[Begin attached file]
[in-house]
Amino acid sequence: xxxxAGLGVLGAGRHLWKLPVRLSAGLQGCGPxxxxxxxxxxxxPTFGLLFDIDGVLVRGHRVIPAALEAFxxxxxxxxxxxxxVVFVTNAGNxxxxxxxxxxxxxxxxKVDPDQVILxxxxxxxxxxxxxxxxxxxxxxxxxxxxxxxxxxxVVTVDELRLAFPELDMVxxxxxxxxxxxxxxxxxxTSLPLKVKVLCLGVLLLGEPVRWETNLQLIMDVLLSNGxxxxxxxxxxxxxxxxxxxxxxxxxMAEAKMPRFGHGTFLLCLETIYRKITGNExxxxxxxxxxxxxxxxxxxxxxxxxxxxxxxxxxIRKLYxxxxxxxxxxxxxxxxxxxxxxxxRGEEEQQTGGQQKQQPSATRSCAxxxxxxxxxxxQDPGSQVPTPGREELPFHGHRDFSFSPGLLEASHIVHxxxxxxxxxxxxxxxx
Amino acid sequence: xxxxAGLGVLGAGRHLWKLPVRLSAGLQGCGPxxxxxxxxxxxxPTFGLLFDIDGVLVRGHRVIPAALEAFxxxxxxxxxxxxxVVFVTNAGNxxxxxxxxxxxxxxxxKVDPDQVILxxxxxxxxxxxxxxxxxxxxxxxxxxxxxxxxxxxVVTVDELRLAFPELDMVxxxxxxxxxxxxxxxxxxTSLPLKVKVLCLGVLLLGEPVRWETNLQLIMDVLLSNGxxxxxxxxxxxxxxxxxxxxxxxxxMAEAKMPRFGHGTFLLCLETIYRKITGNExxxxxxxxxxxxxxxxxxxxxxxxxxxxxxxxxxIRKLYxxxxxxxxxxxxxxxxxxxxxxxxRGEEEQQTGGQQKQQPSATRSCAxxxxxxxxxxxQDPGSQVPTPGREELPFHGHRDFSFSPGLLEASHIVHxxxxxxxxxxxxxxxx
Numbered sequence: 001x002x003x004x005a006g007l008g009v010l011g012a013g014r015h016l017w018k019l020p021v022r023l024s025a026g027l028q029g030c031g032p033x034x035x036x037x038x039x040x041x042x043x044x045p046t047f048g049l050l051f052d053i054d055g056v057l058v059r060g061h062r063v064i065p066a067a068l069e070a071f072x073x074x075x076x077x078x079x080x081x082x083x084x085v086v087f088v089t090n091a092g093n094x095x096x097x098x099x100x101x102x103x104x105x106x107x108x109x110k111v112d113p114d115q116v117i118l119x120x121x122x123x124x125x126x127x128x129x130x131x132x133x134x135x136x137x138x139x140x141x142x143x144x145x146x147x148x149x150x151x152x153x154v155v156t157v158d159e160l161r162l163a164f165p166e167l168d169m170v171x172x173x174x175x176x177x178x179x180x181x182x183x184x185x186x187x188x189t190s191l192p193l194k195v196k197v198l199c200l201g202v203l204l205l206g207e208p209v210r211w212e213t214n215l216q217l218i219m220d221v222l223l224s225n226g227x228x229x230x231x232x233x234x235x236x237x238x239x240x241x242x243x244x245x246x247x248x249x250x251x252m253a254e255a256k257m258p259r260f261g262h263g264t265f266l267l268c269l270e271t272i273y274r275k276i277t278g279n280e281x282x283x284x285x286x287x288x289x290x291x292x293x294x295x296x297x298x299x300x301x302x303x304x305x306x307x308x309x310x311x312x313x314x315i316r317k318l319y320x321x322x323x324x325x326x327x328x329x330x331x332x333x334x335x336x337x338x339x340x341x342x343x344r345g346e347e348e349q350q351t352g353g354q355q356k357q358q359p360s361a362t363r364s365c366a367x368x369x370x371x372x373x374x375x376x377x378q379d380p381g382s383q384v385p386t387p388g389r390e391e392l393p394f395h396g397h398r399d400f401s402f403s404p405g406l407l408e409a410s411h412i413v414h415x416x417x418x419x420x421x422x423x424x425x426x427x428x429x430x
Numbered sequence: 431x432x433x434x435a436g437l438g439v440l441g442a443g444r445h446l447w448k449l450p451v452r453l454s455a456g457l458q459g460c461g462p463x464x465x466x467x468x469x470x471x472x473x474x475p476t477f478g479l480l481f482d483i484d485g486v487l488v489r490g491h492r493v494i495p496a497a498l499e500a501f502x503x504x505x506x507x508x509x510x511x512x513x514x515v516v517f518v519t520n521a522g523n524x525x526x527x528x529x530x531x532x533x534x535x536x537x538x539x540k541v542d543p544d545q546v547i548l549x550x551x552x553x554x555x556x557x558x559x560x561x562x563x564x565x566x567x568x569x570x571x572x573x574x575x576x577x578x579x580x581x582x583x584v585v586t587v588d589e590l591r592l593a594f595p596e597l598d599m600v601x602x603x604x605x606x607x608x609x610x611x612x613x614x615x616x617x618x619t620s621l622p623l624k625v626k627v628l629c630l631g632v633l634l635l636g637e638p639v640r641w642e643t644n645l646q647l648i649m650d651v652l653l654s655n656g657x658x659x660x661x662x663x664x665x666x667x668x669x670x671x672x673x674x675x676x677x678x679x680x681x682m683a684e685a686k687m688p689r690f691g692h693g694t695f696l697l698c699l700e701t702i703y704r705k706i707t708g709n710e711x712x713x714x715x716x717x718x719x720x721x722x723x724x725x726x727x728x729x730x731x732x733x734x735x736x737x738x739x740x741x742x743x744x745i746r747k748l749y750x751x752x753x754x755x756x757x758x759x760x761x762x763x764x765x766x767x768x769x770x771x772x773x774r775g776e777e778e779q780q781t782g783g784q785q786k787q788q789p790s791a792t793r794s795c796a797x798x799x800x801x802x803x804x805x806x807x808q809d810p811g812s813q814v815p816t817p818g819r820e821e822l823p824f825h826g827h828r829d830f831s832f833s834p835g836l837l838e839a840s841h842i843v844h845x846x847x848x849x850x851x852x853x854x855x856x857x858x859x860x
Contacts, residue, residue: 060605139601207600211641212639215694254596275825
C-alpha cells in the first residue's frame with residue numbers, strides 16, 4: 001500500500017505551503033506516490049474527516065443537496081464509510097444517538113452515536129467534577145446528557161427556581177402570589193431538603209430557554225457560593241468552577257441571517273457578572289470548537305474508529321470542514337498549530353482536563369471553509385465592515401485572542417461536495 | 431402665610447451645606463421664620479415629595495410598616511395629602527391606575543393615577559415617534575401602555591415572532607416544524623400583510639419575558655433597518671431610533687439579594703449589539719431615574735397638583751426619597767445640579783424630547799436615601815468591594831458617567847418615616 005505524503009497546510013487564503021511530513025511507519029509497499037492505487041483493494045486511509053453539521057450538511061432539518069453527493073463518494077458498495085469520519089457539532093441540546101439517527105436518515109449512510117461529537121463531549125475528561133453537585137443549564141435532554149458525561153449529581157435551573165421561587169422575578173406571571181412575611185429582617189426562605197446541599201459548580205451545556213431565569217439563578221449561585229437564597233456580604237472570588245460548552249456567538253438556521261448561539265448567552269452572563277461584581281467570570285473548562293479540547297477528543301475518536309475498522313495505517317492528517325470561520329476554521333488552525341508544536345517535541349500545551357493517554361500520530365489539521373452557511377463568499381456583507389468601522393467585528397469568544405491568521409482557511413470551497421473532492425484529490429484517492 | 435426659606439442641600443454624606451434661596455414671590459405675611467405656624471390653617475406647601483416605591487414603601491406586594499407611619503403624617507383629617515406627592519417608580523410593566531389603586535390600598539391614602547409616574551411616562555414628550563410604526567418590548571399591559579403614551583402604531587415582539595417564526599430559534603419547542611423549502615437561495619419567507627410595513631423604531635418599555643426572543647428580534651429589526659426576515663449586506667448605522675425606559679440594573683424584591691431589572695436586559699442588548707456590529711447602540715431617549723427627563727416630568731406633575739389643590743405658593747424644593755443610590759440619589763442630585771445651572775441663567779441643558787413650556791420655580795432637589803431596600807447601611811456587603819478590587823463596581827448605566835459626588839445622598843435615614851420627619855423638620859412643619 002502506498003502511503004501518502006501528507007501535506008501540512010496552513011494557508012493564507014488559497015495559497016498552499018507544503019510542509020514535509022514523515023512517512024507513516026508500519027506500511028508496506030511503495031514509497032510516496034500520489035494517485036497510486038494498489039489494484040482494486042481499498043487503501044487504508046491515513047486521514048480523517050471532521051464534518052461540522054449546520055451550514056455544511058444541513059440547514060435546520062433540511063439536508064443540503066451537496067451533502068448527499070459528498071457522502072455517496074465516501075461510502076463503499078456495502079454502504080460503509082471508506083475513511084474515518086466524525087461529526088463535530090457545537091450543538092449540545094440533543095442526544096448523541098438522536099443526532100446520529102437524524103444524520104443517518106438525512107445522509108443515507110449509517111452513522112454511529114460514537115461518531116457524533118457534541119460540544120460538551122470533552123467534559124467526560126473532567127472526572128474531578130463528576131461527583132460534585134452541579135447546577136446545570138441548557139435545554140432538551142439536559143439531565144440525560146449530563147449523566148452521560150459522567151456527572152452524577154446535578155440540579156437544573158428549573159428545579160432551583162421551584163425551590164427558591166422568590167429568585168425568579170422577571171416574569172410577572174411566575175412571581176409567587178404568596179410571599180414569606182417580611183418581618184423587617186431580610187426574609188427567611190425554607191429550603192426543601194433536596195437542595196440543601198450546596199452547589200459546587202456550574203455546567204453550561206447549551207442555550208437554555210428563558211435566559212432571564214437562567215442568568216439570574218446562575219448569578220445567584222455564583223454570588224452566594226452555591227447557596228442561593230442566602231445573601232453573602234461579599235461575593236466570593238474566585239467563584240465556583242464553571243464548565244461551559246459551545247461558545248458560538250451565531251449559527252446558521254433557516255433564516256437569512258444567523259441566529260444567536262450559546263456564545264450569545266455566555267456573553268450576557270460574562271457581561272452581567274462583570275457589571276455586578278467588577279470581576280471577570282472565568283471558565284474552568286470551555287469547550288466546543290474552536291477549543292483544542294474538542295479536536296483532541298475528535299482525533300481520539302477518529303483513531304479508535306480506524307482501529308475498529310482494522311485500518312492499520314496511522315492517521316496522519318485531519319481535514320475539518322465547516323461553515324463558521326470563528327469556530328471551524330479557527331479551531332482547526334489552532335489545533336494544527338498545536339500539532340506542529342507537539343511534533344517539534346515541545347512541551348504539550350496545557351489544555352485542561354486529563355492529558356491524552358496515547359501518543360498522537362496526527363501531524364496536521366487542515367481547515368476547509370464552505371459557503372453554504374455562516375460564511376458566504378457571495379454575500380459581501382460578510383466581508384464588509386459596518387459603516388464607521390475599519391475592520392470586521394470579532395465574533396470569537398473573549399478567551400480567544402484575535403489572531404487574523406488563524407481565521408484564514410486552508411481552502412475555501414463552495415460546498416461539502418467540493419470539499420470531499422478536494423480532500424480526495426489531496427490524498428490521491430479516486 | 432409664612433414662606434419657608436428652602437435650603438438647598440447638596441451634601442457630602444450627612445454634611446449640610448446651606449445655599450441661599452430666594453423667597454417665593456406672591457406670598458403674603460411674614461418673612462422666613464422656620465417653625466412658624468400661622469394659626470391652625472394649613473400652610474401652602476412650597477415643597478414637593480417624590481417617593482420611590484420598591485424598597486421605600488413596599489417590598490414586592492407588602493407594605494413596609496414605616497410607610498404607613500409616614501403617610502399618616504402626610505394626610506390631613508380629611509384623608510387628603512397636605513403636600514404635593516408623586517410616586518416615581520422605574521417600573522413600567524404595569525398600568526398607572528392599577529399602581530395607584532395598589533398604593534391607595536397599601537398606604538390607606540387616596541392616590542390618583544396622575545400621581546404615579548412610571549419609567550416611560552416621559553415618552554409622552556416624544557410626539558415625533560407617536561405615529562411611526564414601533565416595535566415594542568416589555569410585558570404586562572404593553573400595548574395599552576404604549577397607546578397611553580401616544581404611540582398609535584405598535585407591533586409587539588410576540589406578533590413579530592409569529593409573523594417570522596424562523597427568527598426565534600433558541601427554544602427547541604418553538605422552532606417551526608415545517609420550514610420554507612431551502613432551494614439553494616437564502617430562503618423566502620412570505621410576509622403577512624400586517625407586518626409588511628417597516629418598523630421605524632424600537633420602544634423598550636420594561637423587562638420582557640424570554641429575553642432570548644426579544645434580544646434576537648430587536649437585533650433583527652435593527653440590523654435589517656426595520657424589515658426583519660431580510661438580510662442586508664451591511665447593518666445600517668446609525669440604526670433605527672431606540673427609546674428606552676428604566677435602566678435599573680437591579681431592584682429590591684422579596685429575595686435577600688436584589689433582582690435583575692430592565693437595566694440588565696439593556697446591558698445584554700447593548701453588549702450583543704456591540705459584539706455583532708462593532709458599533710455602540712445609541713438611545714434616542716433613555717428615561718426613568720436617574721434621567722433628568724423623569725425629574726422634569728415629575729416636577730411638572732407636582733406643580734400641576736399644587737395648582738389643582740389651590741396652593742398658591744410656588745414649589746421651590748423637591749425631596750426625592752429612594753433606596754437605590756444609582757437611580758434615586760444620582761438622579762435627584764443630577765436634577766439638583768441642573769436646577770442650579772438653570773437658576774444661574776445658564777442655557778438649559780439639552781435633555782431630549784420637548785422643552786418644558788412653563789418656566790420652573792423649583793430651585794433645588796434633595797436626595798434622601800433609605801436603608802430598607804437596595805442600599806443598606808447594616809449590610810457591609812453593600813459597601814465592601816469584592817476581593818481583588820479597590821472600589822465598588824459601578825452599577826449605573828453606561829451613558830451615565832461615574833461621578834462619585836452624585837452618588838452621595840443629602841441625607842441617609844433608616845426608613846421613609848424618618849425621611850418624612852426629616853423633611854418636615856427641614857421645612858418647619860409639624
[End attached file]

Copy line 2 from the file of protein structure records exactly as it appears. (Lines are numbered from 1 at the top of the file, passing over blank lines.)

Amino acid sequence: xxxxAGLGVLGAGRHLWKLPVRLSAGLQGCGPxxxxxxxxxxxxPTFGLLFDIDGVLVRGHRVIPAALEAFxxxxxxxxxxxxxVVFVTNAGNxxxxxxxxxxxxxxxxKVDPDQVILxxxxxxxxxxxxxxxxxxxxxxxxxxxxxxxxxxxVVTVDELRLAFPELDMVxxxxxxxxxxxxxxxxxxTSLPLKVKVLCLGVLLLGEPVRWETNLQLIMDVLLSNGxxxxxxxxxxxxxxxxxxxxxxxxxMAEAKMPRFGHGTFLLCLETIYRKITGNExxxxxxxxxxxxxxxxxxxxxxxxxxxxxxxxxxIRKLYxxxxxxxxxxxxxxxxxxxxxxxxRGEEEQQTGGQQKQQPSATRSCAxxxxxxxxxxxQDPGSQVPTPGREELPFHGHRDFSFSPGLLEASHIVHxxxxxxxxxxxxxxxx